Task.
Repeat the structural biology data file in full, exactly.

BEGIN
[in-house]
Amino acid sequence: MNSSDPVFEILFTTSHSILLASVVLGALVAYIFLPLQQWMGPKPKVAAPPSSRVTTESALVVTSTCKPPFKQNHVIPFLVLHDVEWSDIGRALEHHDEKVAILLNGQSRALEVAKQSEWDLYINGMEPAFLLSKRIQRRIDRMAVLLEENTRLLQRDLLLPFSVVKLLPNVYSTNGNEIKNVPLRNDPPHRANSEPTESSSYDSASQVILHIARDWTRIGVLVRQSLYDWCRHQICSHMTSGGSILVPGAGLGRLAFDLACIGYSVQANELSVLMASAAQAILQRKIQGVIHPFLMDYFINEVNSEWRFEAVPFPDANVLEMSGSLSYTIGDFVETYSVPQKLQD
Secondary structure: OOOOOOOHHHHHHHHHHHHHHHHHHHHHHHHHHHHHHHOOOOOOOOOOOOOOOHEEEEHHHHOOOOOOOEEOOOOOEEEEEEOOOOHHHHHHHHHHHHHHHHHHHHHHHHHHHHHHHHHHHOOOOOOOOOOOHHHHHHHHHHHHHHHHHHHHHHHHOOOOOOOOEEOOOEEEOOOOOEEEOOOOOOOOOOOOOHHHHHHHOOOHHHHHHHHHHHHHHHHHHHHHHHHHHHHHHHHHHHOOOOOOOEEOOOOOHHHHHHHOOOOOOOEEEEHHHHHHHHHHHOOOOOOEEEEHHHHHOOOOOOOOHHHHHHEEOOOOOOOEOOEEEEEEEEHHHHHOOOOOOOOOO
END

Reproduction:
[in-house]
Amino acid sequence: MNSSDPVFEILFTTSHSILLASVVLGALVAYIFLPLQQWMGPKPKVAAPPSSRVTTESALVVTSTCKPPFKQNHVIPFLVLHDVEWSDIGRALEHHDEKVAILLNGQSRALEVAKQSEWDLYINGMEPAFLLSKRIQRRIDRMAVLLEENTRLLQRDLLLPFSVVKLLPNVYSTNGNEIKNVPLRNDPPHRANSEPTESSSYDSASQVILHIARDWTRIGVLVRQSLYDWCRHQICSHMTSGGSILVPGAGLGRLAFDLACIGYSVQANELSVLMASAAQAILQRKIQGVIHPFLMDYFINEVNSEWRFEAVPFPDANVLEMSGSLSYTIGDFVETYSVPQKLQD
Secondary structure: OOOOOOOHHHHHHHHHHHHHHHHHHHHHHHHHHHHHHHOOOOOOOOOOOOOOOHEEEEHHHHOOOOOOOEEOOOOOEEEEEEOOOOHHHHHHHHHHHHHHHHHHHHHHHHHHHHHHHHHHHOOOOOOOOOOOHHHHHHHHHHHHHHHHHHHHHHHHOOOOOOOOEEOOOEEEOOOOOEEEOOOOOOOOOOOOOHHHHHHHOOOHHHHHHHHHHHHHHHHHHHHHHHHHHHHHHHHHHHOOOOOOOEEOOOOOHHHHHHHOOOOOOOEEEEHHHHHHHHHHHOOOOOOEEEEHHHHHOOOOOOOOHHHHHHEEOOOOOOOEOOEEEEEEEEHHHHHOOOOOOOOOO